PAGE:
Sanjay Singh, formerly of Abercrombie & Fitch and Procter & Gamble, will head up a new data-analysis business unit.
Best Buy now offers Reward Zone members personalized offers based on their preferences and reward certificates in electronic form. By requiring members to provide an e-mail address, Best Buy reduced membership from 33 million to 19.9 million.
There are now fewer members of Best Buy Co. Inc.’s rewards program, but they get more benefits.
The consumer electronics retailer has enhanced its Reward Zone program to provide members with personalized offers based on their preferences, reward certificates in electronic form, and access to members-only online communities and forums. Best Buy is No. 10 in the Internet Retailer Top 500 Guide (a PDF version of the company’s financial and operating profile can be ordered by clicking on its name).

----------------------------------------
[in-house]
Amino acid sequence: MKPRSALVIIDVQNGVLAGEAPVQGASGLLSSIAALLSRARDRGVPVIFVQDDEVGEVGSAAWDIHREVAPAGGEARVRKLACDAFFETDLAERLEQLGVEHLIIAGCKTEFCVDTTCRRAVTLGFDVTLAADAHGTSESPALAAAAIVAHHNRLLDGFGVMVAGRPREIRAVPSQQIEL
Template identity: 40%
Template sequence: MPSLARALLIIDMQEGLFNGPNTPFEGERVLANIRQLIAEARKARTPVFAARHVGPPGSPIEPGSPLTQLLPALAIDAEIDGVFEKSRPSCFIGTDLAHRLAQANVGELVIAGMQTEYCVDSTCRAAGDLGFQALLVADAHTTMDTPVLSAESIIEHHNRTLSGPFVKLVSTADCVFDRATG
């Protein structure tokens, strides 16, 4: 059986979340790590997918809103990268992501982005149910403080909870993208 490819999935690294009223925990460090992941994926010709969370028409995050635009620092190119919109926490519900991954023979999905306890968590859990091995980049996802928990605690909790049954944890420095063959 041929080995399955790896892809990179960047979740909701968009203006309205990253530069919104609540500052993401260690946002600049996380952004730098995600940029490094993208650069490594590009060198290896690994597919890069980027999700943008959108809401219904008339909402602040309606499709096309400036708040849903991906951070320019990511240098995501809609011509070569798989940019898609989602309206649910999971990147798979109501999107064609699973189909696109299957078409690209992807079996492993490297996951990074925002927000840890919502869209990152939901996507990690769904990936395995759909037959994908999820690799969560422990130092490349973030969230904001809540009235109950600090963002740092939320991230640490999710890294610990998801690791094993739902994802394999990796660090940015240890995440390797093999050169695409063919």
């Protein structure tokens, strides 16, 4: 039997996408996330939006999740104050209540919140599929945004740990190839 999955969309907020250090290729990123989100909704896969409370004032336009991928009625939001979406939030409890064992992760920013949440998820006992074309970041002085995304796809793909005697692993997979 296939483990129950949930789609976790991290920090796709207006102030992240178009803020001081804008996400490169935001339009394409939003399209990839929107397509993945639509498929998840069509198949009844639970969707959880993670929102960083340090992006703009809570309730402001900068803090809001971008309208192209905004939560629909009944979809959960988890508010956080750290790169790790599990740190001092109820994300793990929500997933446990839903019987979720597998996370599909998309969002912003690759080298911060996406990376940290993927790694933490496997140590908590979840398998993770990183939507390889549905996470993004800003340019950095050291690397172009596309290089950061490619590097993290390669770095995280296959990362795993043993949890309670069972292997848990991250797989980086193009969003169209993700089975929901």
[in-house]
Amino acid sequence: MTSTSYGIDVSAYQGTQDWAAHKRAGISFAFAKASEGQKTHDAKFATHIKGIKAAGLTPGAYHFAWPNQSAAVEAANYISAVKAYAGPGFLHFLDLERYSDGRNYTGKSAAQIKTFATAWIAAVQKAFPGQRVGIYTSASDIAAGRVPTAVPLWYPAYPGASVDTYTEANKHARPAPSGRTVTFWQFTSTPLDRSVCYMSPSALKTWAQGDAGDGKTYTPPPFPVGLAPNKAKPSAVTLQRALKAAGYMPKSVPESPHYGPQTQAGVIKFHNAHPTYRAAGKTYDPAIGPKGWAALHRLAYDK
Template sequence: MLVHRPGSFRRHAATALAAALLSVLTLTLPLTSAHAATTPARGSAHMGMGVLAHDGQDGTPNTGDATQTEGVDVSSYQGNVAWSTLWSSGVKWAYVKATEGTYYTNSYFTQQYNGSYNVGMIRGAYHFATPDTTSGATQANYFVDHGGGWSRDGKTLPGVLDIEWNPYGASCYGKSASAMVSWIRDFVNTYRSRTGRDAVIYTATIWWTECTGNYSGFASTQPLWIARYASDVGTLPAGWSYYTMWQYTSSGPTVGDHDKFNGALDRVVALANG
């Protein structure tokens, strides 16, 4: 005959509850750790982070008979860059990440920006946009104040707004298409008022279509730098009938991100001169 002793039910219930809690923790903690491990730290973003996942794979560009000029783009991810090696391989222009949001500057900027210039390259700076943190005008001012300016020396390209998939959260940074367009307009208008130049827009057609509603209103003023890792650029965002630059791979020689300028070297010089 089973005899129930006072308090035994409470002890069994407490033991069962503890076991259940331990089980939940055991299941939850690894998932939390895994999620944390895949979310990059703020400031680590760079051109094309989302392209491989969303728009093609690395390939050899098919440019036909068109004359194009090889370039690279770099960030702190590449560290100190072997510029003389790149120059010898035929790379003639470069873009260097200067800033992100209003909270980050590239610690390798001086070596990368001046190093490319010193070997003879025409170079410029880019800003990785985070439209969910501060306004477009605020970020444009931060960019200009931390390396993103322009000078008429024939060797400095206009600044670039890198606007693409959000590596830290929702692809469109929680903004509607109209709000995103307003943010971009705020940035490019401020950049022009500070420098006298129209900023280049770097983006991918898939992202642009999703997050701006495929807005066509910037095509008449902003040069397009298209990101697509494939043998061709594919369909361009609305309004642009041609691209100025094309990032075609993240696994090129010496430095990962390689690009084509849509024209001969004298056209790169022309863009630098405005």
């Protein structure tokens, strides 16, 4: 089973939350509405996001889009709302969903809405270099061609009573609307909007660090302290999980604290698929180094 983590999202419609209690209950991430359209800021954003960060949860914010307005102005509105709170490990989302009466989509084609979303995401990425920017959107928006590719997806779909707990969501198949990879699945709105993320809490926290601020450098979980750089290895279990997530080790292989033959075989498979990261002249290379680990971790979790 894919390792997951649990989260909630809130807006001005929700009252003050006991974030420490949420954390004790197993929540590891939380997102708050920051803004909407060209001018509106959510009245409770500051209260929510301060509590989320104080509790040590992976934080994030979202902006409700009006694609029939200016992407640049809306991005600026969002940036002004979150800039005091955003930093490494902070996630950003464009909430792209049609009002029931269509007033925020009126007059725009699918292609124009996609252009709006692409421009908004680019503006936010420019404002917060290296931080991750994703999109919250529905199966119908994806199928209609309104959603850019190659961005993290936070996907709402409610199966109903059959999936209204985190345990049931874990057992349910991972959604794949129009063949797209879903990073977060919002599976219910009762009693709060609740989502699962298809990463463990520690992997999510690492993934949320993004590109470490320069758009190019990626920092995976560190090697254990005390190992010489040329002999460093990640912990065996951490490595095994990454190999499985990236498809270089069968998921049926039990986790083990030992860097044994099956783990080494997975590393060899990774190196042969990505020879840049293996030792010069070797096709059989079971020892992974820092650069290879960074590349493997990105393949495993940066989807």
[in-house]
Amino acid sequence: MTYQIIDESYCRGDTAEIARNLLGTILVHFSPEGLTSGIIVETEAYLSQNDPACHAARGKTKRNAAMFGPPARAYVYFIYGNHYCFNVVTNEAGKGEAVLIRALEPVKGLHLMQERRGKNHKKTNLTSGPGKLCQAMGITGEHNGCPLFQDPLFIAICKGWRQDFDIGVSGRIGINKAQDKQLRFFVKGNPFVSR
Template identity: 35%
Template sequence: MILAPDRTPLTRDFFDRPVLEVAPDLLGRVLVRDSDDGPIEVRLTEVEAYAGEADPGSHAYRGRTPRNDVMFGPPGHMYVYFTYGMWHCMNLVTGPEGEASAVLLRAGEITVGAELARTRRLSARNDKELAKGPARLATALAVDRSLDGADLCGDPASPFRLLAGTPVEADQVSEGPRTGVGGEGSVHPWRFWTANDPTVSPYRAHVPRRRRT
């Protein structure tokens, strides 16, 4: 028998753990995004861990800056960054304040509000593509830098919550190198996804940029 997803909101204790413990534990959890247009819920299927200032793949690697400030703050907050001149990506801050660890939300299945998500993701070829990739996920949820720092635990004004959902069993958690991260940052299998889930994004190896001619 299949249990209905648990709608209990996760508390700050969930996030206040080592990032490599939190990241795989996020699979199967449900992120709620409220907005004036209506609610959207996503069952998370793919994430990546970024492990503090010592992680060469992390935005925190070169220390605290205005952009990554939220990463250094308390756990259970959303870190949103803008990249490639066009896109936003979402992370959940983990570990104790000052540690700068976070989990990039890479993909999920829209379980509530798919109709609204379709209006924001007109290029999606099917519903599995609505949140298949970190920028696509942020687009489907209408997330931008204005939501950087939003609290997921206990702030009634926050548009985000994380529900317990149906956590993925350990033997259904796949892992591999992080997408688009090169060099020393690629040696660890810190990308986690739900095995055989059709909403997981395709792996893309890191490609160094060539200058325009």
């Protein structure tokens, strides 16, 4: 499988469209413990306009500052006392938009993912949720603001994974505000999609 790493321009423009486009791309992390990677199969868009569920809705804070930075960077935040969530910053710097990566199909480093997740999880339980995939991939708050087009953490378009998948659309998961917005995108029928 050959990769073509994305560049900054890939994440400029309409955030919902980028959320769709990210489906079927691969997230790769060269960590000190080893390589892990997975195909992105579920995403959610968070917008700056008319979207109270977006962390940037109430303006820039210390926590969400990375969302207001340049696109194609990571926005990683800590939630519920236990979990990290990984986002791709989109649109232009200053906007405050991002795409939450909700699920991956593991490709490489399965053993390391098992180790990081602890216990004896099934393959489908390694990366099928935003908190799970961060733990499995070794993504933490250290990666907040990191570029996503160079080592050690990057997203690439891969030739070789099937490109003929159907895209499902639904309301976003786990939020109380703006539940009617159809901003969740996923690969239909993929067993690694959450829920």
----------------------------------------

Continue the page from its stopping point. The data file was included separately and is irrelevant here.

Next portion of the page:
“Our Reward Zone members told us they want more communication, more offers and better support,” says Best Buy chief marketing officer Barry Judge. “We listened and made improvements that allow for a more customized experience, and ultimately, more meaningful benefits.”
Best Buy enhanced the program after culling its membership by requiring participants to provide a valid e-mail address. The company notified members in May of the change in program rules and gave them until Oct. 31 to provide an e-mail address. That reduced the U.S. membership from 33 million to 19.9 million, and enables the retailer to provide richer benefits, Best Buy says.
Members of the program receive points for purchases at Best Buy stores, BestBuy.com, and such Reward Zone partners as bookseller Barnes & Noble and online travel site Expedia. Members redeem points for certificates that are good at Best Buy stores and at its e-commerce site. There is no membership fee, but members must make at least one purchase a year to stay in the program.